Geneva City Council held its regularly scheduled December meeting on Wednesday – taking two important actions that didn’t require formal votes.
First, City Manager Sage Gerling and Assistant City Manager Adam Blowers asked the Council for direction regarding how to proceed in regards to the City’s winter on-street parking restrictions. Staff expressed concerns that the pilot project, which allowed residents to park on-street during the winter unless there was an active snow emergency, had created safety concerns and had slowed plowing because a significant number of residents were not moving their cars timely. Blowers indicated that at one point there had been a need to tow almost 200 cars, but that there was insufficient tow truck capacity to accomplish this. Blowers stated that this resulted in plows having to plow around parked cars, which created dangerous icy and messy road conditions once these cars were moved. Blowers also stated that this had resulted in significant Department of Public Works overtime expenditures because of the slower plowing process.
Despite these concerns, the Council almost unanimously supported staying with the pilot project for now because residents had made it clear to them that residents did not want to be restricted from on-street parking when the weather did not require plowing. Consequently, Gerling and Blowers agreed that the City would revert to the pilot program for the 2020-2021 winter season. The City will notify residents of the evenings cars must be off the street. Blowers indicated that the previously used texting system was labor-intensive and had not gone well. So Blowers stated that the City would initially post snow days at the top of the City’s website www.cityofgenevany.com. Blowers also indicated that the City would continue to look for other methods of informing residents about days on which parking will be restricted. Ultimately, both City staff and the Council hoped that residents would employ common sense and park in accordance with winter parking regulations on evenings where the weather looks to have the potential for significant snowfall that would require plowing.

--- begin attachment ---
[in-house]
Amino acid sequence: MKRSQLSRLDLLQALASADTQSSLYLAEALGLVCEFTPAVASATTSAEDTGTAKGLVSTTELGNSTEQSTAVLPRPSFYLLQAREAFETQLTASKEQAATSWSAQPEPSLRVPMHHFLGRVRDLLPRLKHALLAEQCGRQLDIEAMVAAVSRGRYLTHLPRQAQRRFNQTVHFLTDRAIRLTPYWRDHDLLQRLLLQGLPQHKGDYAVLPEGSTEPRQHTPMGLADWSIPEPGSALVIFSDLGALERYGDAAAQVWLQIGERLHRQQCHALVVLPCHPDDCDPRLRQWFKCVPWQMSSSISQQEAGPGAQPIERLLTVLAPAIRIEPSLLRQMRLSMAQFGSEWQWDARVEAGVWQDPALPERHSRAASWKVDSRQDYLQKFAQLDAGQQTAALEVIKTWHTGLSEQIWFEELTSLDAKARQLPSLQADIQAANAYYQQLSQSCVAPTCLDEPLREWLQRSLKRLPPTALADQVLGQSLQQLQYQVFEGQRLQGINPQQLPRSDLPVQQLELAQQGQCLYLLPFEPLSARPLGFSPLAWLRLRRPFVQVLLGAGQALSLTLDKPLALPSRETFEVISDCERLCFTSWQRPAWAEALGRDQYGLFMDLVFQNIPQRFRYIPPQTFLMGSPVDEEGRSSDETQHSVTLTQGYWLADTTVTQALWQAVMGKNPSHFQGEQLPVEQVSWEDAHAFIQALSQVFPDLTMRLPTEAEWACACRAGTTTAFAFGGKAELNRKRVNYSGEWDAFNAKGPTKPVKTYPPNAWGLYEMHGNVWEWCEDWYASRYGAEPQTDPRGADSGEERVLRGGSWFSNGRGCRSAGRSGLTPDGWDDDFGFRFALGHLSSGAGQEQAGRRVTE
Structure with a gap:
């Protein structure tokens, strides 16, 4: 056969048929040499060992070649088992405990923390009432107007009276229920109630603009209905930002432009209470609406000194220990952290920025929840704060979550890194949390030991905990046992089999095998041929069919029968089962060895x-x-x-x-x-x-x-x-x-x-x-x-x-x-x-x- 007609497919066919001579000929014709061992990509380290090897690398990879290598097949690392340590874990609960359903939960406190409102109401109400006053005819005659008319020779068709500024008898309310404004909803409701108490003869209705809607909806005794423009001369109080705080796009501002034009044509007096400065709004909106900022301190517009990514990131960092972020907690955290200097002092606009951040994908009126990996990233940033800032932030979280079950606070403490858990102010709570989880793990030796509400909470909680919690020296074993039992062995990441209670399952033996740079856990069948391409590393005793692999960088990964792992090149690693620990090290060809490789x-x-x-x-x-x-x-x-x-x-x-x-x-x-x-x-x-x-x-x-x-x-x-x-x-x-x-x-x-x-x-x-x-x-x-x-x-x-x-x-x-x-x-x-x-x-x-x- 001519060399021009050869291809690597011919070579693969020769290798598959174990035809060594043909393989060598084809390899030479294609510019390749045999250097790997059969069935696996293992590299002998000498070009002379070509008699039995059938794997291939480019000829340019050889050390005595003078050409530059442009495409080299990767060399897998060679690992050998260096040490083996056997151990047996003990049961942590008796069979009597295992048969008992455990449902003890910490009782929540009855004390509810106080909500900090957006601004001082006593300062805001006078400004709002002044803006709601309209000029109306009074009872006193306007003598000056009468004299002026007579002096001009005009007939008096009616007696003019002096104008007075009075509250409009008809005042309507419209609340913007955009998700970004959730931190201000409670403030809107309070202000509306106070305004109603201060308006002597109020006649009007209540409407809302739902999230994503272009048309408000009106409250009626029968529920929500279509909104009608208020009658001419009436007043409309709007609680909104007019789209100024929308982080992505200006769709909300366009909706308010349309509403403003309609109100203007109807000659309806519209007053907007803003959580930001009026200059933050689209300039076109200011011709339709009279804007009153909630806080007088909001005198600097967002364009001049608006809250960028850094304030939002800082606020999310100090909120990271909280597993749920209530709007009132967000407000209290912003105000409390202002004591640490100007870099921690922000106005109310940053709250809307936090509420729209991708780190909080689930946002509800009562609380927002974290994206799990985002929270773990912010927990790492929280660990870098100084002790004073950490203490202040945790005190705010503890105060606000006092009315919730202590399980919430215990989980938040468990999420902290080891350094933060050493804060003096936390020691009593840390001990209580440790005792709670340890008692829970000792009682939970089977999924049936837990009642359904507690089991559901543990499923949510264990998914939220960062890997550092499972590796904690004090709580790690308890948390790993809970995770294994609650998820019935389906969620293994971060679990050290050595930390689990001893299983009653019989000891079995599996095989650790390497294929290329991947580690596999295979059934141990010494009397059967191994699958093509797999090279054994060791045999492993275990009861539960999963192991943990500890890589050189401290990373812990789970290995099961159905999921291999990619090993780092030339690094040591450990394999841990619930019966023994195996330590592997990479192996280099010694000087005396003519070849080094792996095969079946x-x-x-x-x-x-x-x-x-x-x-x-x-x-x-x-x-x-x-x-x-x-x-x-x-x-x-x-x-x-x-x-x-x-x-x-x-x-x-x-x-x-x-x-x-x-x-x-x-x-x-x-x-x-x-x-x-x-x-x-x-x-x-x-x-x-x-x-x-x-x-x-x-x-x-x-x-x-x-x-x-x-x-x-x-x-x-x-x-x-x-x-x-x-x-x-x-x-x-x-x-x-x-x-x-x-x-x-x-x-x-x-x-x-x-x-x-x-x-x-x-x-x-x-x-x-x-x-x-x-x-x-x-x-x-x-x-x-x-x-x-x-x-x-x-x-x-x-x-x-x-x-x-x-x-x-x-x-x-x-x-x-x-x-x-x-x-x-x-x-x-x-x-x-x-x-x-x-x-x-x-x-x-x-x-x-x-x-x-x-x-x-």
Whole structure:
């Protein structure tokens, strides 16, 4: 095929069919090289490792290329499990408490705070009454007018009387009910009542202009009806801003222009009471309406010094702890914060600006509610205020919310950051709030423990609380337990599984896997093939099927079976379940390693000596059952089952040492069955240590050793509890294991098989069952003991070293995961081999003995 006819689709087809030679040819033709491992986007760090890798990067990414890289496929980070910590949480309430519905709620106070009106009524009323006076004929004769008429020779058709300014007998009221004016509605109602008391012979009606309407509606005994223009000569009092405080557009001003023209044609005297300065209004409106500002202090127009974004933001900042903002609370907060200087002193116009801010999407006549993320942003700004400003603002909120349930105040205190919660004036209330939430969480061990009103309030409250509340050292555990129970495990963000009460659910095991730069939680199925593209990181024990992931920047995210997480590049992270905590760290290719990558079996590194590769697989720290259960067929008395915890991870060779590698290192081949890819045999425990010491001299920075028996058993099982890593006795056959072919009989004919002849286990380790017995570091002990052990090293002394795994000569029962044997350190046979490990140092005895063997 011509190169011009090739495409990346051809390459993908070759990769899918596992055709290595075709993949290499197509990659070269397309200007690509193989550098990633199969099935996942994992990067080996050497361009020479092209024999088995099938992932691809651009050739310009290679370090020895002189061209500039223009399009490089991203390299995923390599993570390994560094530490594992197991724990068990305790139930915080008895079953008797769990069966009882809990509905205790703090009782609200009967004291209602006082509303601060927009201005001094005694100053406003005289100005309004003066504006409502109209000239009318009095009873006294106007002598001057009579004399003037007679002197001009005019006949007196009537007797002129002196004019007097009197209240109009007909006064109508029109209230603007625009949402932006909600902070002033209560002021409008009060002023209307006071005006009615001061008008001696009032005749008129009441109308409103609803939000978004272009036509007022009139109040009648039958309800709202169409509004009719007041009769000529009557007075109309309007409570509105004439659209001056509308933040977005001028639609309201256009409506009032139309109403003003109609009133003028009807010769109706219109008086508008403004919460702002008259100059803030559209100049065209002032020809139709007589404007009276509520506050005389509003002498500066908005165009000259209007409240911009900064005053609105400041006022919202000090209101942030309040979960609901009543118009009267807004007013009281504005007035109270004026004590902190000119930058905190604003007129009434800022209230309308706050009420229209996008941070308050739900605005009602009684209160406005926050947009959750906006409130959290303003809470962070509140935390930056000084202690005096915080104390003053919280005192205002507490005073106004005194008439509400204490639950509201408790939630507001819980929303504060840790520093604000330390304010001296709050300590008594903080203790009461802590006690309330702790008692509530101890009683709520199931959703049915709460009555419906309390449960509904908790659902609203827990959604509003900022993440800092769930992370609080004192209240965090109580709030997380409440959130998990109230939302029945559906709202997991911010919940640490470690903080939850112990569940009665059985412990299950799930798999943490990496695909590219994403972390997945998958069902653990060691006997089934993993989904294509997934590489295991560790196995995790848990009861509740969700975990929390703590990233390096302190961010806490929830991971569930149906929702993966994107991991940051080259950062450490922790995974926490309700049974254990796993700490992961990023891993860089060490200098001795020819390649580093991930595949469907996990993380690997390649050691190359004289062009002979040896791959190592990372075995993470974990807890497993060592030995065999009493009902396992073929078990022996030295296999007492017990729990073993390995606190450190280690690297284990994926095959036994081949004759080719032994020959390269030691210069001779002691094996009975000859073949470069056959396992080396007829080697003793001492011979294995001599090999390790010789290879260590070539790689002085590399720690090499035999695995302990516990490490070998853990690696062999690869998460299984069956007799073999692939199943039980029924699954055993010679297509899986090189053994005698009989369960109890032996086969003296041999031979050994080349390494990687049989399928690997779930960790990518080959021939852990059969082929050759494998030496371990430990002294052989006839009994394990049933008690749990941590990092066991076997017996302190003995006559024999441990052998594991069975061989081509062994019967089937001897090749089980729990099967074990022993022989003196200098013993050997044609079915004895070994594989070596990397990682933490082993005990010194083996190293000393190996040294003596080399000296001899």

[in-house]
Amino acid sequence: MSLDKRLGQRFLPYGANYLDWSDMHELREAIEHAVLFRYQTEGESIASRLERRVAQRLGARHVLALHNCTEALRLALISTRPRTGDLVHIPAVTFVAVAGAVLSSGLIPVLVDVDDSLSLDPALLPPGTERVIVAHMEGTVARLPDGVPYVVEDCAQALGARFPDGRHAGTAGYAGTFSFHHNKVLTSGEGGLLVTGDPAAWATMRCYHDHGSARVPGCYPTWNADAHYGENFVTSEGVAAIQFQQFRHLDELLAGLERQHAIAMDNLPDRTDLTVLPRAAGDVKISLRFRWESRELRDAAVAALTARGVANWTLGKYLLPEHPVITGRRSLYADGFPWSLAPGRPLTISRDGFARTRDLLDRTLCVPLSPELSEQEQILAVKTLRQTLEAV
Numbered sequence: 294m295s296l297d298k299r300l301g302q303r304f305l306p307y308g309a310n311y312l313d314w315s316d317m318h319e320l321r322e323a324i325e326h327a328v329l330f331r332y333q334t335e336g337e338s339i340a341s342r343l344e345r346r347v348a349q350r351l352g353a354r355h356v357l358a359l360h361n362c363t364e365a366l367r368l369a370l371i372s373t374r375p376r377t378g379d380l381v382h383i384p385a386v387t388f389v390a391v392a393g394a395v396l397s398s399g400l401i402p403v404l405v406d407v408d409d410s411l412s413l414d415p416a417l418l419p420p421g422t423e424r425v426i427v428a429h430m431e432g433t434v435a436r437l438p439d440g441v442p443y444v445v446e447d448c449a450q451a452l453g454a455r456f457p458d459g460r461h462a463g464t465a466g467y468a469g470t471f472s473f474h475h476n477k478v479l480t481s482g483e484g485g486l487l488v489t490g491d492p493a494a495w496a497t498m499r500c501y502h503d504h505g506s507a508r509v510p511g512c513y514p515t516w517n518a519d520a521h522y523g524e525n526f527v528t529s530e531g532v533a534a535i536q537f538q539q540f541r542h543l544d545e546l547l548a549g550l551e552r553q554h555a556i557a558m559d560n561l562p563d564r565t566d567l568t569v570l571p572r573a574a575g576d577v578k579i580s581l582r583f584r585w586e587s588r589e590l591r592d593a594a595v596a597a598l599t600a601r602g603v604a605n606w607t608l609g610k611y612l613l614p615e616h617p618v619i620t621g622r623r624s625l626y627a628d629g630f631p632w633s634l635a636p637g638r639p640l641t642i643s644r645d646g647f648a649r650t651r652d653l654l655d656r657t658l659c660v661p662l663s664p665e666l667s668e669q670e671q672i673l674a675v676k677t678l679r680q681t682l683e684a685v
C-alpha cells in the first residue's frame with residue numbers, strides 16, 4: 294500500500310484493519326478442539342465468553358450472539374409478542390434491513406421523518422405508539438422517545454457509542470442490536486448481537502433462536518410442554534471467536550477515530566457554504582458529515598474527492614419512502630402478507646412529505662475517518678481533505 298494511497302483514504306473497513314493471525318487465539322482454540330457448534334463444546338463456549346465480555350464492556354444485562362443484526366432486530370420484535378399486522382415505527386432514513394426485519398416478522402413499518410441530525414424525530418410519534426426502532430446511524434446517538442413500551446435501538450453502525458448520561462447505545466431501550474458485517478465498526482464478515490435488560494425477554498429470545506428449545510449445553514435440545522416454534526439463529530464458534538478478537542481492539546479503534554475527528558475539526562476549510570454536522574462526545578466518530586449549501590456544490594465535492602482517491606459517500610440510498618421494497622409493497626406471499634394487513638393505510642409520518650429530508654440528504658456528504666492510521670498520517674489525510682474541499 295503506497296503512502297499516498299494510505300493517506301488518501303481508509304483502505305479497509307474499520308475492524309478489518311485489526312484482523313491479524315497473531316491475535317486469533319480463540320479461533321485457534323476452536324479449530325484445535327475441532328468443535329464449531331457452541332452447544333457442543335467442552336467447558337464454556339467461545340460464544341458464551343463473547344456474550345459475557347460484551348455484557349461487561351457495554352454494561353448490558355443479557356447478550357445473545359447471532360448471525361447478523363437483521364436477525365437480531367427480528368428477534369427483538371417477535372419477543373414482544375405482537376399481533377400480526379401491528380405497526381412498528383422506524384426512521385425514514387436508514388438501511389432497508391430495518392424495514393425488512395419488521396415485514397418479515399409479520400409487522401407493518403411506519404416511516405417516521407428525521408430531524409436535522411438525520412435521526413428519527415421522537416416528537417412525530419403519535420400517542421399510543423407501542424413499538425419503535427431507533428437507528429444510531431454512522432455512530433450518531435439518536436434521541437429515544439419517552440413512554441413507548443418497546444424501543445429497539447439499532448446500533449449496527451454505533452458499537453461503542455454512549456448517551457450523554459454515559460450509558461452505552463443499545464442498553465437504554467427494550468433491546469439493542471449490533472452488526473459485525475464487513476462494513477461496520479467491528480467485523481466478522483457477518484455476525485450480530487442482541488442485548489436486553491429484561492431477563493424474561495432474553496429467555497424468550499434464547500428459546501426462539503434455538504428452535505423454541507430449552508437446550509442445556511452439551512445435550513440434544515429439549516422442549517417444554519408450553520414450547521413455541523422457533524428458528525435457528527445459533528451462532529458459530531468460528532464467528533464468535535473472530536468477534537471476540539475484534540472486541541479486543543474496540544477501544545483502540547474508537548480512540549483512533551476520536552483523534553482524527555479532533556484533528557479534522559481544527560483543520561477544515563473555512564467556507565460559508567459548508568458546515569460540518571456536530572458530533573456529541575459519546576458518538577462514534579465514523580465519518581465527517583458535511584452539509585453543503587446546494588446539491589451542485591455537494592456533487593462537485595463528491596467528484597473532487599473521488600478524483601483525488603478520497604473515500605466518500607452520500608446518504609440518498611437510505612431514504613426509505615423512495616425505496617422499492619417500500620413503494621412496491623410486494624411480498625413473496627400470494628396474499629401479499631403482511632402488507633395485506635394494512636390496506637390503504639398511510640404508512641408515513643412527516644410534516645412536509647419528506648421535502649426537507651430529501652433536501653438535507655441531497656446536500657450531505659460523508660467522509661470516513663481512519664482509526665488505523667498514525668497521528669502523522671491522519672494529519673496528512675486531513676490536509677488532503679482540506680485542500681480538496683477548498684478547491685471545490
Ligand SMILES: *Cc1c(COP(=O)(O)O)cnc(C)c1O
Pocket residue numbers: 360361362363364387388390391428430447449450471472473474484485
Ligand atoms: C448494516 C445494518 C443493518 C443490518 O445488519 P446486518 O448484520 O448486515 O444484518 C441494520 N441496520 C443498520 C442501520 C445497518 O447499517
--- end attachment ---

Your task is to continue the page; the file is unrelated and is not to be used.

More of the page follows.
As part of the winter season parking regulation discussion, the Council and staff both expressed a desire to rework the current parking ordinance so that the Council did not have to have this discussion annually. The Council floated several ideas for addressing the concerns regarding winter parking. First, several Councilors suggested opening up City parking lots for evening parking on snow days to relieve the need for on-street parking. Second, when Blowers informed the Council that the current fine for violating winter parking regulations was only $20, many Councilors felt that this fine wasn’t a sufficient incentive for residents to move their cars given the difficulty of locating nearby parking in many areas. Consequently, almost the entire Council felt that it would be appropriate to significantly raise the fine to create a more urgent incentive for residents to relocate their vehicles on snow days. Only Councilor Laura Salamendra (Ward 5) spoke against this proposal. Salamendra felt that residents would not be able to afford an increase in fines. Finally, Councilor Ken Camera (Ward 4) felt that the most severe incentive would be the cost of having one’s car towed. So at one point, he suggested that the City work to increase towing capacity during the winter by opening up parking lots within the City for towing companies to use, thus making it quicker and more efficient for towing company’s tow during the winter.
The Council also tackled the issue of scheduling the public hearing for the Police Review Board (PRB) Public Law. The Public Hearing process requires that the Council hold two meetings. First the Council must hold a short meeting to “Designate” the public law for the hearing. This would simply be identifying the Public Law document that would be used for the Public Hearing. The Council was awaiting the most current redraft of the public law based on Monday, November 30, 2020’s Council Work Session to accomplish this designation. The second meeting would be the Public Hearing itself.